Leicester takeaway restaurants concerned over chef ban

A chef makes an Indian curry
Image caption Dharmesh Lakhani fears a ban on migrant chefs will see a reduction in the quality takeaway food

A Leicester business association believes the curry food trade will suffer if foreign chefs are prevented from working in UK takeaways.

The government ban will be applied to migrants from outside the European Economic Area (EEA) from April 2011.

The ruling comes after the Migration Advisory Committee (MAC) was asked to review the country's skill shortages.

Dharmesh Lakhani, chair of Belgrave Business Association, is worried the ban will result in unhappy customers.

The Belgrave Road area of Leicester is famed for its Asian restaurants and takeaways.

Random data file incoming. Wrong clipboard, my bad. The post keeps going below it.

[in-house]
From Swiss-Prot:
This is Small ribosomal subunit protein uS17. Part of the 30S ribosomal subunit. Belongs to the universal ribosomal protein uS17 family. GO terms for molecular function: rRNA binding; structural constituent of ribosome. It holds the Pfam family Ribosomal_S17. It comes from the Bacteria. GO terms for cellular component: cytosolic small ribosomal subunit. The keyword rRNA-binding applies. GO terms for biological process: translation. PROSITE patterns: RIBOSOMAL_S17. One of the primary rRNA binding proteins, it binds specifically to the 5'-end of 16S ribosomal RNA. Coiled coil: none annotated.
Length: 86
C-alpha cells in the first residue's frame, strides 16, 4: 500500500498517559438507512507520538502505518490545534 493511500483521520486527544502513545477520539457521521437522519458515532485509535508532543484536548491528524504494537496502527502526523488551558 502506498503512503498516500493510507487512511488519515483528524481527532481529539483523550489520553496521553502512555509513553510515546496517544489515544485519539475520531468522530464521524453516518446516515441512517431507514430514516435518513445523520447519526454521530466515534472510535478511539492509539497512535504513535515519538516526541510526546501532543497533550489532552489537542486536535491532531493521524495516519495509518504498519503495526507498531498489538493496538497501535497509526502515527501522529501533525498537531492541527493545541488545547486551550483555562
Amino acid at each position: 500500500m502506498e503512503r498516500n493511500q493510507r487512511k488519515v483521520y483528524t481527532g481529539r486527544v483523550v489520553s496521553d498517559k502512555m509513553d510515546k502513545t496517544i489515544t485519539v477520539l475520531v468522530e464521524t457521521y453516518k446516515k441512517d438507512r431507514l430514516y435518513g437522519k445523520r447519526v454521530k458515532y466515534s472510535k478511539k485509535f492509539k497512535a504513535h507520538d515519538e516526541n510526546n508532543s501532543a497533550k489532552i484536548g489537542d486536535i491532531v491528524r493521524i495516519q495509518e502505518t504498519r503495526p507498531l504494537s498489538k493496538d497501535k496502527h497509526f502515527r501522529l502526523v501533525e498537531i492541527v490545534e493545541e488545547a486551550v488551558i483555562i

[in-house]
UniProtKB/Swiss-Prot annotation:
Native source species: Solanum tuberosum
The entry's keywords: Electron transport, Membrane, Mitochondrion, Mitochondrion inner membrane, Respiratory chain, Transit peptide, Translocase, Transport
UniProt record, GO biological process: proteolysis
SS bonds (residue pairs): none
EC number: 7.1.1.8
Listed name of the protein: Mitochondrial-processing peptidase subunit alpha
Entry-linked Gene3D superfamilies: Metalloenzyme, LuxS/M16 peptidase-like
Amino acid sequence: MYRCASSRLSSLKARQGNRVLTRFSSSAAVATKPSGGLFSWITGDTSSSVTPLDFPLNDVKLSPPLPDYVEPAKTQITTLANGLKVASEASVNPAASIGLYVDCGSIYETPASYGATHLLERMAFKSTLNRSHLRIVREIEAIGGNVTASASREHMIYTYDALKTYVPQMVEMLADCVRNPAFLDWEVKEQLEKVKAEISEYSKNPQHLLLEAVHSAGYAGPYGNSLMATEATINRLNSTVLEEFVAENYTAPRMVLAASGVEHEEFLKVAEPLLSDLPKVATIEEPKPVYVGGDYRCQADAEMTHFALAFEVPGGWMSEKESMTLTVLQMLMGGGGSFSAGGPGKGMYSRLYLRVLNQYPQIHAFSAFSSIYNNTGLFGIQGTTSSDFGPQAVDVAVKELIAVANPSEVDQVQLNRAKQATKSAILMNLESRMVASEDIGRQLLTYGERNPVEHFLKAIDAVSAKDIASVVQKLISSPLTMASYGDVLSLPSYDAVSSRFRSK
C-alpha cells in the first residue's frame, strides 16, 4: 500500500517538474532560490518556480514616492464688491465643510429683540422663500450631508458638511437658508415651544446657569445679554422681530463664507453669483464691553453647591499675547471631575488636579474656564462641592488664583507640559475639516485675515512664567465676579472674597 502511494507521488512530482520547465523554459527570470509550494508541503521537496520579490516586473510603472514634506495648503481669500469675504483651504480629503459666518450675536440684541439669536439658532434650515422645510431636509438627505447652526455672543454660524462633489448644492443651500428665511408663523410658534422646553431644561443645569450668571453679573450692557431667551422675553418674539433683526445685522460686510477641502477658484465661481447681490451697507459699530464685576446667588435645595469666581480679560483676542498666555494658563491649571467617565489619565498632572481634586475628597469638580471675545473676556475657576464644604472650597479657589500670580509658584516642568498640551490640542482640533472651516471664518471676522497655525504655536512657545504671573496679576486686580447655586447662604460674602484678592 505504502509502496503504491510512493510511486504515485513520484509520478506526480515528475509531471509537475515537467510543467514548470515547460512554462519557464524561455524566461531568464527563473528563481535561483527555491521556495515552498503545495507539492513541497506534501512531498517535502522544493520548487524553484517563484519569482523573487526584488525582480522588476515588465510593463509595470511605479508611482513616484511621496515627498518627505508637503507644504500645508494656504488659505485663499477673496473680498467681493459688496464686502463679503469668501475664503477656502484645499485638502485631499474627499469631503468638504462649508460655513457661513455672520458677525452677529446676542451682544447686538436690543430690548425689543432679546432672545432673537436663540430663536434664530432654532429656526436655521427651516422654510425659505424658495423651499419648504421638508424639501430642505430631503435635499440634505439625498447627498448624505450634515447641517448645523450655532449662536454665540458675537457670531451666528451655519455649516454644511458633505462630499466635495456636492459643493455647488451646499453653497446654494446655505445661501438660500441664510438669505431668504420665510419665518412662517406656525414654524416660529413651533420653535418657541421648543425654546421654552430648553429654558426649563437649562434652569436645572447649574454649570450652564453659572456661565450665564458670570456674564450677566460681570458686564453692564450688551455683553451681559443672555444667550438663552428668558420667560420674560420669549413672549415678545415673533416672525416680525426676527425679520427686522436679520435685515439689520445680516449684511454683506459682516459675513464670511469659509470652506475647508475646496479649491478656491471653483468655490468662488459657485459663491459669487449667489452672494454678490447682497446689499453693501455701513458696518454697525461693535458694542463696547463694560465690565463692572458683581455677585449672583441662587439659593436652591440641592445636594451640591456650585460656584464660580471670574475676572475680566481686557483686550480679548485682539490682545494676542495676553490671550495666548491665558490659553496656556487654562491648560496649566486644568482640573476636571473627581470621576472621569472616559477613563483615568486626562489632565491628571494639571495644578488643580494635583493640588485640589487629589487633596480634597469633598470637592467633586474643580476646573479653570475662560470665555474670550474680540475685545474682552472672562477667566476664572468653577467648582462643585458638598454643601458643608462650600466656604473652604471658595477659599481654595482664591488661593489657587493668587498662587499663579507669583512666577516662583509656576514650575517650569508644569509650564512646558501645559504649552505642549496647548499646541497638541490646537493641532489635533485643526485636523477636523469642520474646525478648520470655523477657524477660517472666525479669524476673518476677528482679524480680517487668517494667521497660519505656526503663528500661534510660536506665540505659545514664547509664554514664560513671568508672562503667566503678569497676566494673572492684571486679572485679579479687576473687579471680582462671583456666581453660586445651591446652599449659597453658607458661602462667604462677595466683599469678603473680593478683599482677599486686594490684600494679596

The restaurant owner said although there was no lack of quality UK-trained chefs, a practical knowledge of world cuisine was crucial to maintaining food quality and variety.

Diverse cuisine

The Home Office said only graduate-level non-EEA workers would be allowed to apply to come to the UK, with the number of skilled migrants capped at 21,700.

Chefs will need to have graduate-level qualifications, with a minimum of five-years experience in an equivalent role, and need to earn at least £28,260 per year after their accommodation and food.

Mr Lakhani's said his head chef had worked extensively in different regions across India before settling in Leicester.

"All of these experiences gained over the years have benefited the business in this country - and I would not say he's unskilled; he's fantastically skilled," said Mr Lakhani.

He is confident that takeaway restaurant owners will lobby their MPs to continue allow chefs into the UK to work.

The EEA comprises countries in the European Union and European Free Trade Association.

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